The Dominican Republic (; Spanish: República Dominicana [reˈpuβlika ðominiˈkana]) is a sovereign state on the island of Hispaniola, in the Greater Antilles archipelago in the Caribbean region. The western three-eighths of the island is occupied by the nation of Haiti, making Hispaniola one of two Caribbean islands, along with Saint Martin, that are shared by two countries. Both by area and population the Dominican Republic is the second-largest Caribbean nation (after Cuba), with 48,445 square kilometres (18,705 sq mi) and nearly 10 million people, one million of whom live in the capital city Santo Domingo. Christopher Columbus landed on the island on December 5, 1492, which the Taíno people had inhabited since the 7th century. It became the site of the first permanent European settlement in the Americas; namely Santo Domingo, the oldest continuously inhabited city and the first seat of the Spanish colonial rule in the New World. After three centuries of Spanish rule, with French and Haitian interludes, the Dominican Republic became independent in 1821. The ruler, José Núñez de Cáceres, intended that the Dominican Republic be part of the nation of Gran Colombia, but he was quickly removed by the Haitian government and Dominican slave revolts. Victorious in the Dominican War of Independence against Haitian rule in 1844, the Dominican Republic over the next 72 years, experienced mostly internal strife and a brief return to colonial status, the only nation in the hemisphere to do so after gaining its independence, before permanently ousting Spaniard rule during the Dominican War of Restoration of 1865. A United States occupation lasted eight years between 1916–1924, and a subsequent calm and prosperous six-year period under Horacio Vásquez Lajara, were followed by the dictatorship of Rafael Leónidas Trujillo Molina until 1961. A civil war in 1965, the country's last, was ended by U.S. military occupation, and was followed by the authoritarian rule of Joaquín Balaguer, 1966–1978. Since then, the Dominican Republic has moved toward representative democracy, and has been led by Leonel Fernández for most of the time after 1996. Danilo Medina, the Dominican Republic's current president, succeeded Fernandez in 2012, winning 51% of the electoral vote over his opponent ex-president Hipólito Mejía. The Dominican Republic has the tenth largest economy in Latin America and is the second largest economy in the Caribbean and Central American region. Though long known for agriculture and mining, the economy is now dominated by services. The Dominican Republic has a vibrant national stock market, Bolsa de Valores de la Republica Dominicana (BVRD). The Dominican Republic's economic progress is exemplified by its advanced telecommunication system and transportation infrastructure. Nevertheless, unemployment, government corruption, and inconsistent electric service remain major Dominican problems. The country also has \marked income inequality\. International migration affects the Dominican Republic greatly, as it receives and sends large flows of migrants. Mass illegal Haitian immigration and the integration of Dominicans of Haitian descent are major issues. A large Dominican diaspora exists, mostly in the United States. They contribute to the Dominican Republic's development as they send billions of dollars to their families in remittances. The Dominican Republic is the most visited destination in the Caribbean. The year-round golf courses are among the top attractions on the island. A geographically diverse nation, the Dominican Republic is home to the region's tallest mountain peak, Pico Duarte, as well as the Caribbean's largest lake and lowest elevation, Lake Enriquillo. The island has an average temperature of 26 °C (78.8 °F) and great climatic and biological diversity. The country is also the site of the first cathedral, castle, monastery, and fortress built in all of the Americas, located in Santo Domingo's Colonial Zone, an area declaredThe Dominican Republic (; Spanish: República Dominicana [reˈpuβlika ðominiˈkana]) is a sovereign state on the island of Hispaniola, in the Greater Antilles archipelago in the Caribbean region. The western three-eighths of the island is occupied by the nation of Haiti, making Hispaniola one of two Caribbean islands, along with Saint Martin, that are shared by two countries. Both by area and population the Dominican Republic is the second-largest Caribbean nation (after Cuba), with 48,445 square kilometres (18,705 sq mi) and nearly 10 million people, one million of whom live in the capital city Santo Domingo. Christopher Columbus landed on the island on December 5, 1492, which the Taíno people had inhabited since the 7th century. It became the site of the first permanent European settlement in the Americas; namely Santo Domingo, the oldest continuously inhabited city and the first seat of the Spanish colonial rule in the New World. After three centuries of Spanish rule, with French and Haitian interludes, the Dominican Republic became independent in 1821. The ruler, José Núñez de Cáceres, intended that the Dominican Republic be part of the nation of Gran Colombia, but he was quickly removed by the Haitian government and Dominican slave revolts. Victorious in the Dominican War of Independence against Haitian rule in 1844, the Dominican Republic over the next 72 years, experienced mostly internal strife and a brief return to colonial status, the only nation in the hemisphere to do so after gaining its independence, before permanently ousting Spaniard rule during the Dominican War of Restoration of 1865. A United States occupation lasted eight years between 1916–1924, and a subsequent calm and prosperous six-year period under Horacio Vásquez Lajara, were followed by the dictatorship of Rafael Leónidas Trujillo Molina until 1961. A civil war in 1965, the country's last, was ended by U.S. military occupation, and was followed by the authoritarian rule of Joaquín Balaguer, 1966–1978. Since then, the Dominican Republic has moved toward representative democracy, and has been led by Leonel Fernández for most of the time after 1996. Danilo Medina, the Dominican Republic's current president, succeeded Fernandez in 2012, winning 51% of the electoral vote over his opponent ex-president Hipólito Mejía. The Dominican Republic has the tenth largest economy in Latin America and is the second largest economy in the Caribbean and Central American region. Though long known for agriculture and mining, the economy is now dominated by services. The Dominican Republic has a vibrant national stock market, Bolsa de Valores de la Republica Dominicana (BVRD). The Dominican Republic's economic progress is exemplified by its advanced telecommunication system and transportation infrastructure. Nevertheless, unemployment, government corruption, and inconsistent electric service remain major Dominican problems. The country also has \marked income inequality\. International migration affects the Dominican Republic greatly, as it receives and sends large flows of migrants. Mass illegal Haitian immigration and the integration of Dominicans of Haitian descent are major issues. A large Dominican diaspora exists, mostly in the United States. They contribute to the Dominican Republic's development as they send billions of dollars to their families in remittances. The Dominican Republic is the most visited destination in the Caribbean. The year-round golf courses are among the top attractions on the island. A geographically diverse nation, the Dominican Republic is home to the region's tallest mountain peak, Pico Duarte, as well as the Caribbean's largest lake and lowest elevation, Lake Enriquillo. The island has an average temperature of 26 °C (78.8 °F) and great climatic and biological diversity. The country is also the site of the first cathedral, castle, monastery, and fortress built in all of the Americas, located in Santo Domingo's Colonial Zone, an area declared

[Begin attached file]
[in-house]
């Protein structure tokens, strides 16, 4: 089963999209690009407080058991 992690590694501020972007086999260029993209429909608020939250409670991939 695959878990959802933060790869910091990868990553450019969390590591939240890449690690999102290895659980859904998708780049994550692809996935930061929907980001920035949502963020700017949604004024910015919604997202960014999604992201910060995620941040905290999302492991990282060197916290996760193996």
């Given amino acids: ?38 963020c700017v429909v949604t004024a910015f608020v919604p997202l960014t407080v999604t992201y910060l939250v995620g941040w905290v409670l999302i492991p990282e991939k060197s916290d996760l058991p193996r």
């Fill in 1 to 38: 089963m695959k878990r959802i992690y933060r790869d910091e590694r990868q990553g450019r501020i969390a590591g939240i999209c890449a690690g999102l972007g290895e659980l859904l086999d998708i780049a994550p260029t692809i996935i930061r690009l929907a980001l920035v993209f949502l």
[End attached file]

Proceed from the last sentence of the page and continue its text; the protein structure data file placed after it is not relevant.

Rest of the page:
DivisionDescriptionShow